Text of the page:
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In mathematics, I often meet the expression " 'x' occurs naturally", or " 'x' occurs naturally in 'Y' ".

For example: "You should know why eigenvectors and eigenvalues occur naturally in linear algebra." (Garrity, Thomas A., All the mathematics you missed: but need to know for graduate school).

Does it have to do with physical nature (as in, mapping well some physics' magnitude behaviour)?

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    $\begingroup$ Occurs "naturally" in your context is because of "as a consequence of an unmentioned relevant (and obvious) theorem" In your example about the eigenvalues/vectors: They have to exist because a theorem states that and they are consequently needed to prove other theorems that have logical answers which could not be obtained without them. That's how I look at it... $\endgroup$ – imranfat Oct 30 '15 at 15:58
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    $\begingroup$ I think it is a meaningless statement. I would ignore the word 'naturally' in that sentence. $\endgroup$ – copper.hat Oct 30 '15 at 15:59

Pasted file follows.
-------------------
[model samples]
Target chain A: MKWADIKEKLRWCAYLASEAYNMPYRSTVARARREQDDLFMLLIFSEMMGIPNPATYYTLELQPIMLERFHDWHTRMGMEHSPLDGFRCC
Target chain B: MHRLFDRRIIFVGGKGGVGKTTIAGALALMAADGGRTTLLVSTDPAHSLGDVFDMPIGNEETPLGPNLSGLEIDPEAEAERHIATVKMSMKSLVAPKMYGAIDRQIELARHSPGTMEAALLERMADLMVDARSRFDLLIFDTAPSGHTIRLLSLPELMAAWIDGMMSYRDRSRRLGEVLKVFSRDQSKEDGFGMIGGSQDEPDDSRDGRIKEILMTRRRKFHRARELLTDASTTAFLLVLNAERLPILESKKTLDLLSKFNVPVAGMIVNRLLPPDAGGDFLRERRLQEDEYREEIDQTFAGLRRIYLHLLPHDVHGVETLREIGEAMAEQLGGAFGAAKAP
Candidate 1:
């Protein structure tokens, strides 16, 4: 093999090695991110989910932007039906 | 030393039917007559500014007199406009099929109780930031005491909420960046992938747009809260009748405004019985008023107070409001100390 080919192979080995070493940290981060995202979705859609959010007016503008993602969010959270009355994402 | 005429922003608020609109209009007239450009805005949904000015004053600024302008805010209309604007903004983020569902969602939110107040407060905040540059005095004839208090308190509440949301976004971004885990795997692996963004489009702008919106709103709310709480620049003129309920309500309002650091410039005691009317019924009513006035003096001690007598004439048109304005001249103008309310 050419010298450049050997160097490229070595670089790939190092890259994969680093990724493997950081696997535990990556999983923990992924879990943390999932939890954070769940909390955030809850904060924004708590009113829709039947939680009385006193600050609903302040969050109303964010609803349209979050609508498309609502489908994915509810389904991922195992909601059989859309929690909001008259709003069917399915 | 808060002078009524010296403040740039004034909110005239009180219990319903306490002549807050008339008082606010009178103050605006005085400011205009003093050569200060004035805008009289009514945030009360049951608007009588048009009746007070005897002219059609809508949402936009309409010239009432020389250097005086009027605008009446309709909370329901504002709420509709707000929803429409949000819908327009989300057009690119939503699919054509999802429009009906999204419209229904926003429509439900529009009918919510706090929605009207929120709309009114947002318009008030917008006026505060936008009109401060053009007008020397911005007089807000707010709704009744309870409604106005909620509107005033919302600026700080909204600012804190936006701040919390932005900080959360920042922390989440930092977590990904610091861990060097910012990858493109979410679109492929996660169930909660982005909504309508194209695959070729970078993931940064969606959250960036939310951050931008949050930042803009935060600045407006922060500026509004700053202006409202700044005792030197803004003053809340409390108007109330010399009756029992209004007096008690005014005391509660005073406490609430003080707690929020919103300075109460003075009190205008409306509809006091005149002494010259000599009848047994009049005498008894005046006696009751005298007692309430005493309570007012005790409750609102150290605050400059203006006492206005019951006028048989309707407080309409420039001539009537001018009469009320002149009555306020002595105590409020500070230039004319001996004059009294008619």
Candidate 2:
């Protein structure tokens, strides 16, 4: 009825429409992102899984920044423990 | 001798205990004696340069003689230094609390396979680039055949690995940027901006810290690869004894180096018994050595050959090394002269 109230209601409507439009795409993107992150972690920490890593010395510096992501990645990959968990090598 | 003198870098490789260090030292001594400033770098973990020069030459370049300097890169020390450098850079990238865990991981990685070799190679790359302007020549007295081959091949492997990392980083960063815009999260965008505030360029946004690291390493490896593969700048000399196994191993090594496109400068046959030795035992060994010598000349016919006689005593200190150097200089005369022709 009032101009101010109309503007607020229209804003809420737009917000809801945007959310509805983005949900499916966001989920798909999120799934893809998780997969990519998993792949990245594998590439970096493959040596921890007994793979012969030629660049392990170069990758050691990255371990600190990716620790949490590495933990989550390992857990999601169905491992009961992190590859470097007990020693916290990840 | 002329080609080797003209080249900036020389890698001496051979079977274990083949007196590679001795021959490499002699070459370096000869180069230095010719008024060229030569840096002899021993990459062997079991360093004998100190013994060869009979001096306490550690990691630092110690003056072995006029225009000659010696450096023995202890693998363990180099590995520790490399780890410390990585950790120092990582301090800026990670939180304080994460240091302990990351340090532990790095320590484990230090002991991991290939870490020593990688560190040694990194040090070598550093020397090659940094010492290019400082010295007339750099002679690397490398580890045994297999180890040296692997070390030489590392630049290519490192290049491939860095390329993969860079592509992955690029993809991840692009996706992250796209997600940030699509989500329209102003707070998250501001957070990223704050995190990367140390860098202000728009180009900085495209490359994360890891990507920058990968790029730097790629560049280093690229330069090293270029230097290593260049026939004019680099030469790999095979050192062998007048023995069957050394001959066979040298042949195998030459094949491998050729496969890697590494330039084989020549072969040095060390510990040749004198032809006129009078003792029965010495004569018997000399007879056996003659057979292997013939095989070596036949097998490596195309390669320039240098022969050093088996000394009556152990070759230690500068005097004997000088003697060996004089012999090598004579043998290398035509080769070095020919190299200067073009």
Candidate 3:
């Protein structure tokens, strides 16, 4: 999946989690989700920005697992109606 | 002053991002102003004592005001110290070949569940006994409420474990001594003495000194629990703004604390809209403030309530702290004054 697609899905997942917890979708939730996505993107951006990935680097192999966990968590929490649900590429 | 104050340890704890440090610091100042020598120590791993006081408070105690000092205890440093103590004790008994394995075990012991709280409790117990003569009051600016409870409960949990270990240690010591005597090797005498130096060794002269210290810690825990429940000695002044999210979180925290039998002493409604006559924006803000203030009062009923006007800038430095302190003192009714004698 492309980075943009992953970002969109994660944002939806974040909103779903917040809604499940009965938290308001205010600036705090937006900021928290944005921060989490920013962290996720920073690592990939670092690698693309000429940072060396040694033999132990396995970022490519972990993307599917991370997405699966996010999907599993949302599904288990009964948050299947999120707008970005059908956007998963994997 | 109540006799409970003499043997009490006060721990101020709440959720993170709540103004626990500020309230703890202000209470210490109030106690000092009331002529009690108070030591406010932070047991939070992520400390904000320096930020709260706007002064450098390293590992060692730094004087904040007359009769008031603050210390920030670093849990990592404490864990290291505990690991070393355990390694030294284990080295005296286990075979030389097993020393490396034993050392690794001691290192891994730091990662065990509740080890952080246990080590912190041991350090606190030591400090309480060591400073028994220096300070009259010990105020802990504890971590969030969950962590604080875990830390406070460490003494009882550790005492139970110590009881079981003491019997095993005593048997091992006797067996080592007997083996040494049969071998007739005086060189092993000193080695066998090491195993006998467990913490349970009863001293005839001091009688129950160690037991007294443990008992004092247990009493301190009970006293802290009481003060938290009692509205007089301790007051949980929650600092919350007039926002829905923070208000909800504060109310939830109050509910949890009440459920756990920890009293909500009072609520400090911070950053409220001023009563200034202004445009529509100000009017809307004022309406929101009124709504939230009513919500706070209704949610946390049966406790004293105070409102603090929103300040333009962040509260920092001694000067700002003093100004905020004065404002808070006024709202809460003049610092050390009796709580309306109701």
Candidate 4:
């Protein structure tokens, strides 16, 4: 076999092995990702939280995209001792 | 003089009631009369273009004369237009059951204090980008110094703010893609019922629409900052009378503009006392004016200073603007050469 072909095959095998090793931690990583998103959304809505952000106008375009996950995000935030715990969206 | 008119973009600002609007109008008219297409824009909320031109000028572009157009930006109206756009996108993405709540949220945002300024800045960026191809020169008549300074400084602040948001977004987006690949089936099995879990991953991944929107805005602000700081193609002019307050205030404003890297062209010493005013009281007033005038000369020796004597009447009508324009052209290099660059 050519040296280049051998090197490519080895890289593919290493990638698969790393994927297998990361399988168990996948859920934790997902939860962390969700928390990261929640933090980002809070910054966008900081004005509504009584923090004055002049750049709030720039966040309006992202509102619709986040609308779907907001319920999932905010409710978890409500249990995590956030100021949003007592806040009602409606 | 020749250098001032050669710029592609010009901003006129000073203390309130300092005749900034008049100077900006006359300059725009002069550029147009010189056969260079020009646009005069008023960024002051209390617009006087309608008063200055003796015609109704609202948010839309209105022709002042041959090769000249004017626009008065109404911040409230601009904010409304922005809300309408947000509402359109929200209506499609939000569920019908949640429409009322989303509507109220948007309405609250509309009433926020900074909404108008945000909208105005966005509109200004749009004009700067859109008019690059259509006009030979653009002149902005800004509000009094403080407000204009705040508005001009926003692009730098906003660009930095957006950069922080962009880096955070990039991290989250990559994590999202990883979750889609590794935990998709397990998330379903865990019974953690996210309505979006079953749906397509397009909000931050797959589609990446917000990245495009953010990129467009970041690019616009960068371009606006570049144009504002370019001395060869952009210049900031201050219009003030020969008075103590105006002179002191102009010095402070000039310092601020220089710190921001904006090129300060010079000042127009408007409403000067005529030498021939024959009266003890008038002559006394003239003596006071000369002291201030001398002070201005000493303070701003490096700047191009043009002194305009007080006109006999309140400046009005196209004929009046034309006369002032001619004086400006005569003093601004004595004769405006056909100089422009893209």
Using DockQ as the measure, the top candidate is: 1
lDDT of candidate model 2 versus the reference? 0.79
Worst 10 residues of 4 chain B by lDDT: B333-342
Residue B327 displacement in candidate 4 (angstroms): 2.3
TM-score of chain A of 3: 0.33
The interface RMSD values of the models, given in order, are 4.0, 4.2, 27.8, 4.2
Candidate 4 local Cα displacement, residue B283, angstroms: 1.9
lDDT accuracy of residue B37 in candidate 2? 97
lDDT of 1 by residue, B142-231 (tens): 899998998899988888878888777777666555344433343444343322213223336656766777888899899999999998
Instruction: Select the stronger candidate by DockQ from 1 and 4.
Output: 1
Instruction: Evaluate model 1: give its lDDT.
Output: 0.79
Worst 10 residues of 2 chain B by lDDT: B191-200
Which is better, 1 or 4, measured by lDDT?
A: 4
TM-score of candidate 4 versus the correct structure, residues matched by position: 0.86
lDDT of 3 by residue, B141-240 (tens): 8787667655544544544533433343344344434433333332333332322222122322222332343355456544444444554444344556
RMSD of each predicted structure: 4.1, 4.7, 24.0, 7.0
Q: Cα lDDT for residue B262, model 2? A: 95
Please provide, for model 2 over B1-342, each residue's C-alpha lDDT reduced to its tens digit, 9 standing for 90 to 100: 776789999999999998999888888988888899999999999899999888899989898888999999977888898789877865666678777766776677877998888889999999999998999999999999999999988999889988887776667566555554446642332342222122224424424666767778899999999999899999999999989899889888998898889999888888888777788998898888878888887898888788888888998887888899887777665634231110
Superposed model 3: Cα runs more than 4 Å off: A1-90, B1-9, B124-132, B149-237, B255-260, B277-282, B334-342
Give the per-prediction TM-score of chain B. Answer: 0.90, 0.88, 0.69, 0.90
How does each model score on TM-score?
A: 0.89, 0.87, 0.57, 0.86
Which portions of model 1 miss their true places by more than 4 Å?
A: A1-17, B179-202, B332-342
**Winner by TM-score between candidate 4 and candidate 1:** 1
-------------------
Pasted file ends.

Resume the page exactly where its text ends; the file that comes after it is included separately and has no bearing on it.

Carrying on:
• $\begingroup$ I agree with copper.hat. I think it is more like a rhetorical device (unlike "is naturally isomorphic to"). $\endgroup$ – Stefan Perko Oct 30 '15 at 16:01
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    $\begingroup$ It means that the concept is key to understand several things in a field and/or that it forms part of the answer to several questions in the field. I was tempted to write "natural questions in the field", but it's difficult to specify what kind of mahematical cuestions are "natural". It could be how stuff works, how stuff can be described, how stuff relates to other stuff, etc. $\endgroup$ – dafinguzman Oct 30 '15 at 16:12

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